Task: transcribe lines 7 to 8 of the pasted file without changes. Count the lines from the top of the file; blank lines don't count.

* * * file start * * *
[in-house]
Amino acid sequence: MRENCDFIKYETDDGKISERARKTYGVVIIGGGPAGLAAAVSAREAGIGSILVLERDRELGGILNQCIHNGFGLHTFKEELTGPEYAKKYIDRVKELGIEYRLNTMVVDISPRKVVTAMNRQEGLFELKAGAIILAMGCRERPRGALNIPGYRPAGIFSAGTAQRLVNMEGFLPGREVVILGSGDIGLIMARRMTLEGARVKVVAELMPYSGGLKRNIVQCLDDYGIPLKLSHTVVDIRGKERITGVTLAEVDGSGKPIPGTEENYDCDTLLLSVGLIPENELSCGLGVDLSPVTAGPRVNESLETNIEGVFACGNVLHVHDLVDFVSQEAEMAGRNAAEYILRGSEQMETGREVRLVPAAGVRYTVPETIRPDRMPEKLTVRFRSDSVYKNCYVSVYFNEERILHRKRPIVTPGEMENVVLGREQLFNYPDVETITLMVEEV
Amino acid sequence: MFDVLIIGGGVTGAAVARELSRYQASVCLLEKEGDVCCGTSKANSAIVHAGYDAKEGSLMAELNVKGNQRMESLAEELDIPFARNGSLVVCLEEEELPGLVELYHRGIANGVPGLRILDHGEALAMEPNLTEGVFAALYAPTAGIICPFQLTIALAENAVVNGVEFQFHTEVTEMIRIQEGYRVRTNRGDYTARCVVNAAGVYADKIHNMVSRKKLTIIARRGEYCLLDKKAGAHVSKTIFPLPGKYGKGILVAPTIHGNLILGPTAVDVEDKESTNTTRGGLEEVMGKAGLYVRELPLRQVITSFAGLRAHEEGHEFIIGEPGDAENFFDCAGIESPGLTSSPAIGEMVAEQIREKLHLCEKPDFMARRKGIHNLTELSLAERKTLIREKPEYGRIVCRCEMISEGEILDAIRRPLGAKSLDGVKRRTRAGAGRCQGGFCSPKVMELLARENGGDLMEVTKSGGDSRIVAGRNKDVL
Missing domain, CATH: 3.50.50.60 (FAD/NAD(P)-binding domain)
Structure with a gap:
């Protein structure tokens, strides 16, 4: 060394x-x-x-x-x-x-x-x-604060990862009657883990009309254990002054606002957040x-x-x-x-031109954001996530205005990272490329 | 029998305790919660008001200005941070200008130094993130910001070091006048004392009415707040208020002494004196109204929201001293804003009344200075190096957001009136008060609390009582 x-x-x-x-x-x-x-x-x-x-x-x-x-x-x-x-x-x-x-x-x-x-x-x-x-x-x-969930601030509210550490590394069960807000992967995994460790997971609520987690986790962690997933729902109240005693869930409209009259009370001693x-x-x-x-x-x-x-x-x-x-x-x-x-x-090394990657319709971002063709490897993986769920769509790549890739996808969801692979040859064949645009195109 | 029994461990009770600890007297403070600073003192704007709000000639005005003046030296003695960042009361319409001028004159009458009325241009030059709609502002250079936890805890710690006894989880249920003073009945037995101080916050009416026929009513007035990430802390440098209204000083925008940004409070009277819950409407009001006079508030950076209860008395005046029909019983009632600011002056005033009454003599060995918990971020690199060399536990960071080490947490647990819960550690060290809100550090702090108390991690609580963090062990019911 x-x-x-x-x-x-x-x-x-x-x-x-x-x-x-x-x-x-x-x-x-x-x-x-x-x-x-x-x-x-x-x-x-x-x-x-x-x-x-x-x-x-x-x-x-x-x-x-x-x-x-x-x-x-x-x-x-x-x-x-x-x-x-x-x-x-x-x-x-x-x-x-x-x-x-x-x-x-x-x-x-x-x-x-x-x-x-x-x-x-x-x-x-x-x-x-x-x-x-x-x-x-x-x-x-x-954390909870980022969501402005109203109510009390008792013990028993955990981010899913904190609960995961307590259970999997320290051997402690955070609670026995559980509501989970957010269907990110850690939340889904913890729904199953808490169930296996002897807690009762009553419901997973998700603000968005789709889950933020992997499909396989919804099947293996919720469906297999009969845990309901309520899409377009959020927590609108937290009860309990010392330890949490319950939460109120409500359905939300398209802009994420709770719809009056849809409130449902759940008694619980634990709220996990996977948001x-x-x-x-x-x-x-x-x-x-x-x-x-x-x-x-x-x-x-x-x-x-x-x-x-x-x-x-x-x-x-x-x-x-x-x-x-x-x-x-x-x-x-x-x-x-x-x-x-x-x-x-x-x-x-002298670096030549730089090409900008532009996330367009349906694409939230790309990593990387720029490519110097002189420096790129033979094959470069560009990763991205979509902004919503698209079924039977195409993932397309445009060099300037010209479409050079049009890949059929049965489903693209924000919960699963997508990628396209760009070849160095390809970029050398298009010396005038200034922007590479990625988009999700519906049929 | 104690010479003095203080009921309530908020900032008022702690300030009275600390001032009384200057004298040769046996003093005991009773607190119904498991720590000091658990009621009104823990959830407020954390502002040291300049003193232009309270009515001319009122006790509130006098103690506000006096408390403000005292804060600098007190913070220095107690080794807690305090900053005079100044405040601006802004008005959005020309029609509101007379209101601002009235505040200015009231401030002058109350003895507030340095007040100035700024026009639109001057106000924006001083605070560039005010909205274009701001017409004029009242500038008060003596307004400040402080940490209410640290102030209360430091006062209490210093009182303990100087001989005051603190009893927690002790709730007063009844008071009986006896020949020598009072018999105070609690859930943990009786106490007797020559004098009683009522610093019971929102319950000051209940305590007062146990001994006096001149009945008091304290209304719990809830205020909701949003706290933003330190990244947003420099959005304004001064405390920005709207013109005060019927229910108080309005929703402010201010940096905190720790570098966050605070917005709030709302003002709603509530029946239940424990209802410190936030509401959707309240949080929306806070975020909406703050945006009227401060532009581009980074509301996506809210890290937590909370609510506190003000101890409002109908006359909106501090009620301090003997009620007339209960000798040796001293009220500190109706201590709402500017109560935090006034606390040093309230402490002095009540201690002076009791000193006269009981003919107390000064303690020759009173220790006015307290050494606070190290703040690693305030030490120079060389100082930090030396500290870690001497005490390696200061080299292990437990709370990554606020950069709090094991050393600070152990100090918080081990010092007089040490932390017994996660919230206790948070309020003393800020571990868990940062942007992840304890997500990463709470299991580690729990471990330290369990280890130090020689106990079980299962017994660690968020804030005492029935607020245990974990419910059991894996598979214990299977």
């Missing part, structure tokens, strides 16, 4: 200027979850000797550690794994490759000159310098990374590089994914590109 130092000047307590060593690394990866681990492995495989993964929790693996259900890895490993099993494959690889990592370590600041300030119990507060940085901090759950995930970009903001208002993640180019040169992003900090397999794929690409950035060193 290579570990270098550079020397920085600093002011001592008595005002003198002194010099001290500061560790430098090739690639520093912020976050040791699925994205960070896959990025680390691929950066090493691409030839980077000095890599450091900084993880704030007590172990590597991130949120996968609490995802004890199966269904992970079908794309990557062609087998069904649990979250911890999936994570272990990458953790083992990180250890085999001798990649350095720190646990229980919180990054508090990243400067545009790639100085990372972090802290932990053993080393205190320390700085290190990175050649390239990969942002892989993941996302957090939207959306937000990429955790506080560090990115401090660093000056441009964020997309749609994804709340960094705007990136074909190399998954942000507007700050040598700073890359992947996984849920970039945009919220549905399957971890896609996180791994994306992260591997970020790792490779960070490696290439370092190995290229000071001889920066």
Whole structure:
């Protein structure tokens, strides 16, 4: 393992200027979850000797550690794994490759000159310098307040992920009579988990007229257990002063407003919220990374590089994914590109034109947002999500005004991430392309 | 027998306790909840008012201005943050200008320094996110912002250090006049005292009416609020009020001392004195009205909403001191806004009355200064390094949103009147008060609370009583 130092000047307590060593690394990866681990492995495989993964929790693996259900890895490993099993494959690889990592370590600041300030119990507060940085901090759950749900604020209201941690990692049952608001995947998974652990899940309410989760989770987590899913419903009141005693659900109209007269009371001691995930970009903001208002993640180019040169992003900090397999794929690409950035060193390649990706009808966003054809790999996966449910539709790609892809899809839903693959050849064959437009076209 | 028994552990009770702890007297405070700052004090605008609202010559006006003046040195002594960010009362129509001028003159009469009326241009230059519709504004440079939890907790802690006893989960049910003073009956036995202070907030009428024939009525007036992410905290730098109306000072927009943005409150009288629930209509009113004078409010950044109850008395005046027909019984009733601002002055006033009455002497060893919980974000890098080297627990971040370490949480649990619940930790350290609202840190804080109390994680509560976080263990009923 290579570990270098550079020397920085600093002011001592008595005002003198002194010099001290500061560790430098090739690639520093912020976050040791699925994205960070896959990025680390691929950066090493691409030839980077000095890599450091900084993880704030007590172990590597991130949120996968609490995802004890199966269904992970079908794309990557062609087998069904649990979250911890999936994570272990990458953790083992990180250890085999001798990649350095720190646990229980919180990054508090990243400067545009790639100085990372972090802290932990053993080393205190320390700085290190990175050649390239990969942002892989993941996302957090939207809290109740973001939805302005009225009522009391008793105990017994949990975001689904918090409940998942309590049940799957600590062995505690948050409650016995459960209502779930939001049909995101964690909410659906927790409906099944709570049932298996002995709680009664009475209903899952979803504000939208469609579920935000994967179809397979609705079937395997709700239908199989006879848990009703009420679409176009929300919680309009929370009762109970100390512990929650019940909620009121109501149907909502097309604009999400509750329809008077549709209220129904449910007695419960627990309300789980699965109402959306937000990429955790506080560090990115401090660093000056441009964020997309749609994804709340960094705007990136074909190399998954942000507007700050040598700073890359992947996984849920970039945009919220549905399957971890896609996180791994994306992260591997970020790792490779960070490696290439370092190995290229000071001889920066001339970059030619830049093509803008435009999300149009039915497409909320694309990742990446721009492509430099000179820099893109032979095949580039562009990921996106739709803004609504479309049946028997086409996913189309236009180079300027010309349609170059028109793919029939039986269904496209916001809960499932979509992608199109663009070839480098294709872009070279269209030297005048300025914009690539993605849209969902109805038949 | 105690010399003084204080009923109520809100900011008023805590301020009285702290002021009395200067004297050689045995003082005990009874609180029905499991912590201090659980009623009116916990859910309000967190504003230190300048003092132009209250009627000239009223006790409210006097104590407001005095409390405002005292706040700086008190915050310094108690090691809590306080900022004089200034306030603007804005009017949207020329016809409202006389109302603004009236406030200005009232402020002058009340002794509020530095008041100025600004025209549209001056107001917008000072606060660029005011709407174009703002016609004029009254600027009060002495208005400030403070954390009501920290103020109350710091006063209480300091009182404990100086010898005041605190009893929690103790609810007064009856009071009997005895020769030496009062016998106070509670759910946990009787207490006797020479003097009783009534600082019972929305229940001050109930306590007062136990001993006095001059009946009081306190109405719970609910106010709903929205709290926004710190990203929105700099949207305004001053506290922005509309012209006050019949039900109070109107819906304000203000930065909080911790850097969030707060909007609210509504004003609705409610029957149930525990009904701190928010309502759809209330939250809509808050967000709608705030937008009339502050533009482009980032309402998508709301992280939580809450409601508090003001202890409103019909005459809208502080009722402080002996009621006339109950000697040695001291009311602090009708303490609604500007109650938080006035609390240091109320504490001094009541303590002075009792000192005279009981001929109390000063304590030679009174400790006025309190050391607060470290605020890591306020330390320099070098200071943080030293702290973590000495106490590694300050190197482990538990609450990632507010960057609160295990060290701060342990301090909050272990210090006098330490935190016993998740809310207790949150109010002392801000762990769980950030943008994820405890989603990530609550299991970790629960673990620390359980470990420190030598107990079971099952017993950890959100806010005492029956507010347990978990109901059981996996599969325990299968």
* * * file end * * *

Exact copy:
């Missing part, structure tokens, strides 16, 4: 200027979850000797550690794994490759000159310098990374590089994914590109 130092000047307590060593690394990866681990492995495989993964929790693996259900890895490993099993494959690889990592370590600041300030119990507060940085901090759950995930970009903001208002993640180019040169992003900090397999794929690409950035060193 290579570990270098550079020397920085600093002011001592008595005002003198002194010099001290500061560790430098090739690639520093912020976050040791699925994205960070896959990025680390691929950066090493691409030839980077000095890599450091900084993880704030007590172990590597991130949120996968609490995802004890199966269904992970079908794309990557062609087998069904649990979250911890999936994570272990990458953790083992990180250890085999001798990649350095720190646990229980919180990054508090990243400067545009790639100085990372972090802290932990053993080393205190320390700085290190990175050649390239990969942002892989993941996302957090939207959306937000990429955790506080560090990115401090660093000056441009964020997309749609994804709340960094705007990136074909190399998954942000507007700050040598700073890359992947996984849920970039945009919220549905399957971890896609996180791994994306992260591997970020790792490779960070490696290439370092190995290229000071001889920066």
Whole structure: